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Drs. Moser and Zebrowski talk about the “shoulds” in our lives in Princeton Magazine.

From the time we learn to walk and talk, we are socialized to learn what we should and should not do. “You should always share your toys”… “You should never touch the stove”… “You should never talk to strangers.” The first “shoulds” we learn are meant to protect us and guide us, because as children we are not yet ready to make independent decisions and we are still learning about the world. Those early shoulds become internalized, ingrained, automatic recordings in our brains. This repository of shoulds creates the mini-adult who accompanies us when parents are not there to provide oversight. Our mini-adult helps keep us safe as we navigate childhood.

Eventually, as we transition into adulthood, we become much less reliant on our mini-adult and are ready to make our own independent decisions and judgments. There are times we may reasonably choose not to share our possessions with someone, times we want to cook and use the stove, and times we choose to smile and greet strangers. At these points in our lives, our old internalized mini-adult is not useful, so we override it, and learn to say goodbye to it. But it is sometimes very difficult to say goodbye to an old friend.

Many of us often have problems appropriately overriding the important shoulds in our lives. “I should be nice” becomes “I shouldn’t say no when my neighbor asks for a ride to work, even if it will make me late.” “I should respect my elders” becomes “I should give my older sister a loan to go on a cruise with her friends, even though I know she will never pay it back and its hard making ends meet.” “I should be a successful hard worker” becomes “I shouldn’t miss a day from work even if I have the flu.” We collect a long laundry list of shoulds as we travel through life: “I should get into the best college,” ”I should have the perfect wedding,” “I should be happy in my job,” “I should make more money,” “I should have a bigger house,” “I should have kids who get ‘A’ grades in school,” and so on.

Too many shoulds weigh us down if we are not careful. Many of these shoulds make us think we are not good enough or that our lives are not good enough. We learn to not accept ourselves as human beings who try to do our best, but will never be perfect and will never make everyone happy. The unreasonable shoulds result in unhappiness, disappointment, guilt, anger, anxiety, and depression, and they are not logical. Cognitive Behavioral Therapy or “CBT” can help us reign in the shoulds and say goodbye to the mini-adult we have outgrown.

What is CBT?

CBT is a form of psychotherapy that works by identifying dysfunctional thought patterns (or the unreasonable shoulds) that affect how one feels and behaves. Dysfunctional thought patterns prevent the individual from living life in a productive, successful way and contribute to emotional distress, depression, anxiety, guilt, worry, and everyday stress. As a result, individuals may feel stuck, trapped, or unable to achieve their goals.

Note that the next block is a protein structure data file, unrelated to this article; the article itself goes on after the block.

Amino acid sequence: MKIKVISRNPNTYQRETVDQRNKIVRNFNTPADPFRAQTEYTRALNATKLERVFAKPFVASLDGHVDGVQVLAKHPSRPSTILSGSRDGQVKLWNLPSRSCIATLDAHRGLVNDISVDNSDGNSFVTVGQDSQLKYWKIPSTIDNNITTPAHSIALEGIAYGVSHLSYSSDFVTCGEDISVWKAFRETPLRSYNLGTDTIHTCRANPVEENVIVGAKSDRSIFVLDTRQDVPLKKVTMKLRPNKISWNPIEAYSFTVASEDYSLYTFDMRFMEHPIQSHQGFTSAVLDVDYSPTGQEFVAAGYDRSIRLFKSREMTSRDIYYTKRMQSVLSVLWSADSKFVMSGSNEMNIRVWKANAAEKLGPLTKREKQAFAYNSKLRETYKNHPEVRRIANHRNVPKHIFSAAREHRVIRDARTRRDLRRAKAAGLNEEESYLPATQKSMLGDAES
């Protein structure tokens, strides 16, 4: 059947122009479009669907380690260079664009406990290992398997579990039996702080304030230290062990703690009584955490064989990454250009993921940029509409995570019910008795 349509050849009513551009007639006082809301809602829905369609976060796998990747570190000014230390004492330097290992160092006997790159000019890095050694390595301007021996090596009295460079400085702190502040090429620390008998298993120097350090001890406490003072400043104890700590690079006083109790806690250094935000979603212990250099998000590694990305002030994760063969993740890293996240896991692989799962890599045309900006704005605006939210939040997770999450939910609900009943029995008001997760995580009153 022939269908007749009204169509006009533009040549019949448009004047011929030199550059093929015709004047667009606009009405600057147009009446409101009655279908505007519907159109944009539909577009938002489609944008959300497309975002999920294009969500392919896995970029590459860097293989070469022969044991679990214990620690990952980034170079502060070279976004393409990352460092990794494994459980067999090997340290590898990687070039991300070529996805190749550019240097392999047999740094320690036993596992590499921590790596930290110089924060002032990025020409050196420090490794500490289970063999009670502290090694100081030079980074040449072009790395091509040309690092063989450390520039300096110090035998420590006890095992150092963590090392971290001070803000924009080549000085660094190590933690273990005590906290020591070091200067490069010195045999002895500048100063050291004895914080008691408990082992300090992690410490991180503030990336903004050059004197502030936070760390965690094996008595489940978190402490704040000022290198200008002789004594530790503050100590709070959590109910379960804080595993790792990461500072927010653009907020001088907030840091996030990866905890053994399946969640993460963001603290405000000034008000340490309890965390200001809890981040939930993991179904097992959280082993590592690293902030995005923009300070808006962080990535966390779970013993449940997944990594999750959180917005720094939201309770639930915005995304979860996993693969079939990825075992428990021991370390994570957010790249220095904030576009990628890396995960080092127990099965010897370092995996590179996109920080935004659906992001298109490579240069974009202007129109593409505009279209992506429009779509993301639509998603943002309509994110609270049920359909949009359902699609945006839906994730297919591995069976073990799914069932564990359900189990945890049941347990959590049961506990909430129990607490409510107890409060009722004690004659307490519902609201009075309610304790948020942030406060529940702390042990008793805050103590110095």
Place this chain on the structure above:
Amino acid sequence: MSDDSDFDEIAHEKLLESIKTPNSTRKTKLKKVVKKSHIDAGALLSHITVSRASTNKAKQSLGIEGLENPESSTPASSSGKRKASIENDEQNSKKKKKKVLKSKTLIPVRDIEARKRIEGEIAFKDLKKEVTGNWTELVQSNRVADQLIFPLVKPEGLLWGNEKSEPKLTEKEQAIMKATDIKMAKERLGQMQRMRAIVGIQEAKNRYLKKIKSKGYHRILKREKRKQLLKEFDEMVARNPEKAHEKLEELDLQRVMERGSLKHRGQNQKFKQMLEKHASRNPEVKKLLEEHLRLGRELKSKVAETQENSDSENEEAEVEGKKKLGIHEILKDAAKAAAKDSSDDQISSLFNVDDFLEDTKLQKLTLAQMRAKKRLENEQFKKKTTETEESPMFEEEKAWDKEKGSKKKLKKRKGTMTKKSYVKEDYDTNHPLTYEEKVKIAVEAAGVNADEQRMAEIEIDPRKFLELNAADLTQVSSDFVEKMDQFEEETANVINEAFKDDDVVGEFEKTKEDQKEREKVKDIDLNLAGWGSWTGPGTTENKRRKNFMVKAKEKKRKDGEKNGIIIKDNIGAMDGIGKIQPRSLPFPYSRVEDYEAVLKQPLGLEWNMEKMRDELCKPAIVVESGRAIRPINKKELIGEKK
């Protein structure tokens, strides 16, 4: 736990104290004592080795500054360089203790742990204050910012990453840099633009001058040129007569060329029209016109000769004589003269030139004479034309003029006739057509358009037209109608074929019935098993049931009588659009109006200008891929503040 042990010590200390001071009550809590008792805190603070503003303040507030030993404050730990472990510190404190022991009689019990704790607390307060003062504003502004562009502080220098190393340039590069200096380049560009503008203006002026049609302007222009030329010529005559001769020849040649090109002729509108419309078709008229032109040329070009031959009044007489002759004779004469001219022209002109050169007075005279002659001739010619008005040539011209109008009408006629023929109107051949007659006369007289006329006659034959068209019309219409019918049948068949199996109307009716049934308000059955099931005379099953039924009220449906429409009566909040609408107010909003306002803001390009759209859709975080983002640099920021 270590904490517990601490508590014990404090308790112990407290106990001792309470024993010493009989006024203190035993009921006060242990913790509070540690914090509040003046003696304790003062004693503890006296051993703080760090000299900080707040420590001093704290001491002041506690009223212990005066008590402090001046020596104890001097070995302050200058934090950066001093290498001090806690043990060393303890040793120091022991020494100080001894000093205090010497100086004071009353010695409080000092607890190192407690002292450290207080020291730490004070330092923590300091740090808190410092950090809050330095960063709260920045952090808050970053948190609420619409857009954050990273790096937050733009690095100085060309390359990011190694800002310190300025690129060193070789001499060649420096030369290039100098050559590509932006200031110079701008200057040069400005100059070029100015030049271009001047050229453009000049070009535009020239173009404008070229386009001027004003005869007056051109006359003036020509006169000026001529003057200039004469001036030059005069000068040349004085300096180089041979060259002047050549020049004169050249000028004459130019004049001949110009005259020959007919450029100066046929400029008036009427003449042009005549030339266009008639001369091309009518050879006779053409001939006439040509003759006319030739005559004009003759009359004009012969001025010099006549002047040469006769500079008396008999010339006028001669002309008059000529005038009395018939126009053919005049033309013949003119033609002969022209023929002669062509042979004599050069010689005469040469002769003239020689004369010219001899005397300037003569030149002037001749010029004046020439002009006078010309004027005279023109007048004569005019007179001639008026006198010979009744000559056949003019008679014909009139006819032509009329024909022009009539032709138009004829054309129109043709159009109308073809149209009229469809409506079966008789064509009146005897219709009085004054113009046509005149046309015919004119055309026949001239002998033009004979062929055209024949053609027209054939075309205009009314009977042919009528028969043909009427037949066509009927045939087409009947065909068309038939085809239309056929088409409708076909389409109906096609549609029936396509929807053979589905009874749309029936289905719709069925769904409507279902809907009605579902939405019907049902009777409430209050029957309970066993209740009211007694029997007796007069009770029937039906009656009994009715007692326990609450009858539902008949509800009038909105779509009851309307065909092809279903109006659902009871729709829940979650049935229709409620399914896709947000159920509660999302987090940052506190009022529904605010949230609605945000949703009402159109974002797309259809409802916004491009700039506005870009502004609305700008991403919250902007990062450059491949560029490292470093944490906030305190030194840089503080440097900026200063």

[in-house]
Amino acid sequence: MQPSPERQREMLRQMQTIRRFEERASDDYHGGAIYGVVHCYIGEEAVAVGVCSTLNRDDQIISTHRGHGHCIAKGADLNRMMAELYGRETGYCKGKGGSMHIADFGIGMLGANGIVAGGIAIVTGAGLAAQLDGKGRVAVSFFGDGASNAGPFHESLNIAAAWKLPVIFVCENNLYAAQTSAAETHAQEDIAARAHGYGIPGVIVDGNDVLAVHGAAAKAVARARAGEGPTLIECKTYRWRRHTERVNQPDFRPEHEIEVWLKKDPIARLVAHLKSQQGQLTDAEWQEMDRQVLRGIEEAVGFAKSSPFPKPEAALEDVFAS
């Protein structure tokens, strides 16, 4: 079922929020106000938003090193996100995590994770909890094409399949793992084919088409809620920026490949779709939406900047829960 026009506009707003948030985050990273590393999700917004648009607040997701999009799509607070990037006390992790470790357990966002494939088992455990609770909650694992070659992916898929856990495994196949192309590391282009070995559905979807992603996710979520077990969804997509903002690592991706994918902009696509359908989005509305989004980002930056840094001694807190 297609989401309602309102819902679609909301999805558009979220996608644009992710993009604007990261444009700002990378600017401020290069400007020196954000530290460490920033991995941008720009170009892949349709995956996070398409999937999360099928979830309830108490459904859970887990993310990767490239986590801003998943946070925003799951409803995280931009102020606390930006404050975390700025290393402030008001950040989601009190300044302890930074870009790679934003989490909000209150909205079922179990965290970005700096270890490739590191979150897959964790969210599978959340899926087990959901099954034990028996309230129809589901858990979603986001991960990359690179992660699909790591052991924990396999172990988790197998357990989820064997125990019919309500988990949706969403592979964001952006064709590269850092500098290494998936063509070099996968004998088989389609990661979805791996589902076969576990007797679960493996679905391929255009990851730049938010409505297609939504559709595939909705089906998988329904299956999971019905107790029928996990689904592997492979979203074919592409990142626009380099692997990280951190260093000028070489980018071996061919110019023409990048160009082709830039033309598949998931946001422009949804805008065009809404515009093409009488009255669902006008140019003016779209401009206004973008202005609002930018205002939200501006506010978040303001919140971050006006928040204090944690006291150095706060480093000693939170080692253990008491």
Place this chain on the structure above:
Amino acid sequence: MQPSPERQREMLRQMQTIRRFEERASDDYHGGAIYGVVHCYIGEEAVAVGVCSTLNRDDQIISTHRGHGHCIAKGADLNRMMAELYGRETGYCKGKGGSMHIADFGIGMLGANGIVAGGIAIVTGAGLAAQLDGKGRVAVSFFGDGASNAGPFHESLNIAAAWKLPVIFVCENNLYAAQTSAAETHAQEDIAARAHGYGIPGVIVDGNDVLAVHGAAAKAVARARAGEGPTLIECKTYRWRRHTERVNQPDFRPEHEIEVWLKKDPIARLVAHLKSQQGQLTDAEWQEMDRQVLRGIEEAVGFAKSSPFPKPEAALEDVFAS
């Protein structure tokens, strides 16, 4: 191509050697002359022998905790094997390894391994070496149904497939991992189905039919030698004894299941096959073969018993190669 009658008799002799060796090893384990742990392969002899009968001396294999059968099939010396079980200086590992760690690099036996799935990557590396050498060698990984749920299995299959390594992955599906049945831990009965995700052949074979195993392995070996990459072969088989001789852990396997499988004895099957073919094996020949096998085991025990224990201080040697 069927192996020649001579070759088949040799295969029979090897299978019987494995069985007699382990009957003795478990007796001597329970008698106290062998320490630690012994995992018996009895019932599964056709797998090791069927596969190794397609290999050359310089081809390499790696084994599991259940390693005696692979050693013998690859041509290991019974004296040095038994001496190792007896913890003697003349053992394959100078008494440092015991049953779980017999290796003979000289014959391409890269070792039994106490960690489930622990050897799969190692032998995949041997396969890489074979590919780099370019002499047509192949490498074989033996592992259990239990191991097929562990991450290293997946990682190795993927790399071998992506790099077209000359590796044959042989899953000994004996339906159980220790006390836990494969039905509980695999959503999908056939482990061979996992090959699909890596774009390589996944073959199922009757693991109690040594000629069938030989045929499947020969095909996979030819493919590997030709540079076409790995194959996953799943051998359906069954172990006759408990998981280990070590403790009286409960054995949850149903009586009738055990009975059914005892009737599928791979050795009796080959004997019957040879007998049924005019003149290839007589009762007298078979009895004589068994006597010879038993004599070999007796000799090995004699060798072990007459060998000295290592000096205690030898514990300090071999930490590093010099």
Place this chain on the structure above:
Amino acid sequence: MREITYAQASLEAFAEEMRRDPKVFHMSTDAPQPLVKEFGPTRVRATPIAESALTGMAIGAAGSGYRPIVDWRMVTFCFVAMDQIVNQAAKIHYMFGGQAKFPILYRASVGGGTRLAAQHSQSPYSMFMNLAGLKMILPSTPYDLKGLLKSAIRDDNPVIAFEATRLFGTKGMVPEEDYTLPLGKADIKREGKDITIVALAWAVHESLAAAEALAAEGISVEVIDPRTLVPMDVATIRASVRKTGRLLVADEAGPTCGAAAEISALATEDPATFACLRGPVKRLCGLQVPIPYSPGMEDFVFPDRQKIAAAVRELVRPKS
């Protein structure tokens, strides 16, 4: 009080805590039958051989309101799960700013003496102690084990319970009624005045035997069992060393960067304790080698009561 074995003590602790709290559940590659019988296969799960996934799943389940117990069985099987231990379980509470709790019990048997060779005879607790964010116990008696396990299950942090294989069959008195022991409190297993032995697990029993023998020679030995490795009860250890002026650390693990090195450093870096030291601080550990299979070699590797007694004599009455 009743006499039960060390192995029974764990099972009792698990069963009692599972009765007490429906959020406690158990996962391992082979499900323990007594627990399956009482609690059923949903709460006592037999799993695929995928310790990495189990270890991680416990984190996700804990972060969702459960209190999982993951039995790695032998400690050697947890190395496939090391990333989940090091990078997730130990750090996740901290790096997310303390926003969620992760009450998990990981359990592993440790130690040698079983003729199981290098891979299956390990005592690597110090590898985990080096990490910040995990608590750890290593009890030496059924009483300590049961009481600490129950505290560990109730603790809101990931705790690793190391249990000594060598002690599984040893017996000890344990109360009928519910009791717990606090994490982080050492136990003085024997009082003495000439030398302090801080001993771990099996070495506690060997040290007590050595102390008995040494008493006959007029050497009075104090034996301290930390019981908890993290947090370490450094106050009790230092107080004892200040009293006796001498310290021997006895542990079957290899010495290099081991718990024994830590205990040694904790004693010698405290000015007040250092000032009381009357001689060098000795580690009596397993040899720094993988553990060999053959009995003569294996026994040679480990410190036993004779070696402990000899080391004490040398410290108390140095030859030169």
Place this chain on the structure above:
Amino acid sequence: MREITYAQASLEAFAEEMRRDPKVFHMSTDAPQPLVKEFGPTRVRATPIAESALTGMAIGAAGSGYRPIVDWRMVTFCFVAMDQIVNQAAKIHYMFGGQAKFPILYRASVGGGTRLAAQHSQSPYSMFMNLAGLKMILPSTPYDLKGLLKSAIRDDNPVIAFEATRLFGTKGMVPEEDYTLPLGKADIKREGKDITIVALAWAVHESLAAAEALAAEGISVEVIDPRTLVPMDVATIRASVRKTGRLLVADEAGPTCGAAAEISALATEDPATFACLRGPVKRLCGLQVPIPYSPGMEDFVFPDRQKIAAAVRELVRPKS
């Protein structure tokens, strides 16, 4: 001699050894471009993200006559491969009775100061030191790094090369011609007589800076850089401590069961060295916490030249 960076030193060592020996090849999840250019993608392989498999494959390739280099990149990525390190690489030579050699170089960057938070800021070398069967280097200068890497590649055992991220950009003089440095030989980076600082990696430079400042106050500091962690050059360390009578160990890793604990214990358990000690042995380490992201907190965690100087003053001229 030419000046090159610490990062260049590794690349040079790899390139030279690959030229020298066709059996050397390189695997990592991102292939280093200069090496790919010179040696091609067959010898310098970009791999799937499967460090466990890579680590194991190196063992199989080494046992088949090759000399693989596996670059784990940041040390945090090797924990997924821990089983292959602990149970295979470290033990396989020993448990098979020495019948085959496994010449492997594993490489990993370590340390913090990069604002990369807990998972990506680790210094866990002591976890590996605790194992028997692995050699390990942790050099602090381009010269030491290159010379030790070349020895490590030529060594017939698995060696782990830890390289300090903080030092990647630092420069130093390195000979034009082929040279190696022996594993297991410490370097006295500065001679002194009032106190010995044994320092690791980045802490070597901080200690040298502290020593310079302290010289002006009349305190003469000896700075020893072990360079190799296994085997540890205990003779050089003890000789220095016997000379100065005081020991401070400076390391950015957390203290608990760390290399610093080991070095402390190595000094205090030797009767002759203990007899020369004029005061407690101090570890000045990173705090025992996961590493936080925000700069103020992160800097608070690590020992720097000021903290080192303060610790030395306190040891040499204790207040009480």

In CBT, the therapist helps the individual see or view distressing life events and beliefs in a fresh, new light and with a new, more rational and positive perspective. It is called reframing, just as the right frame can transform the whole look of a picture.

How does CBT work?

CBT focuses on identifying inaccurate thinking styles and helping the individual challenge and reframe those dysfunctional thoughts. By learning to think differently and more logically, individuals can overcome their fears and find ways to cope with stress and the overwhelming demands of their daily lives. In CBT, the therapist encourages the individual to be an active participant in the treatment process by practicing new skills, learning stress reduction exercises, completing written homework to document daily events that provoke the shoulds, and trying out new behaviors in the “real world.” CBT teaches you to think out of the box, to challenge misconceptions, to acquire tools for personal change, and to feel confident moving forward.

What kinds of techniques are used in CBT?

Some specific techniques the therapist may use include, but are not limited to:

  • Challenging irrational beliefs

  • Relaxation education and training

  • Self-monitoring

  • Cognitive rehearsal

  • Thought stopping

  • Communication skills training

  • Assertiveness skills training

  • Social skills training

  • Bibliotherapy

  • Homework assignments

How does one start CBT?

A CBT trained therapist will first meet with you to gather information about your history and background in order to understand you better and to help you identify your personal goals. A targeted treatment plan with clearly defined objectives helps to launch the treatment. To start, therapy is usually scheduled on a weekly basis. The duration of the treatment depends on each person and her or his needs. Ultimately, in CBT, your therapist is a partner on an educational journey to help improve coping skills and emotional well-being, while equipping you with the strategies needed to meet future challenges.

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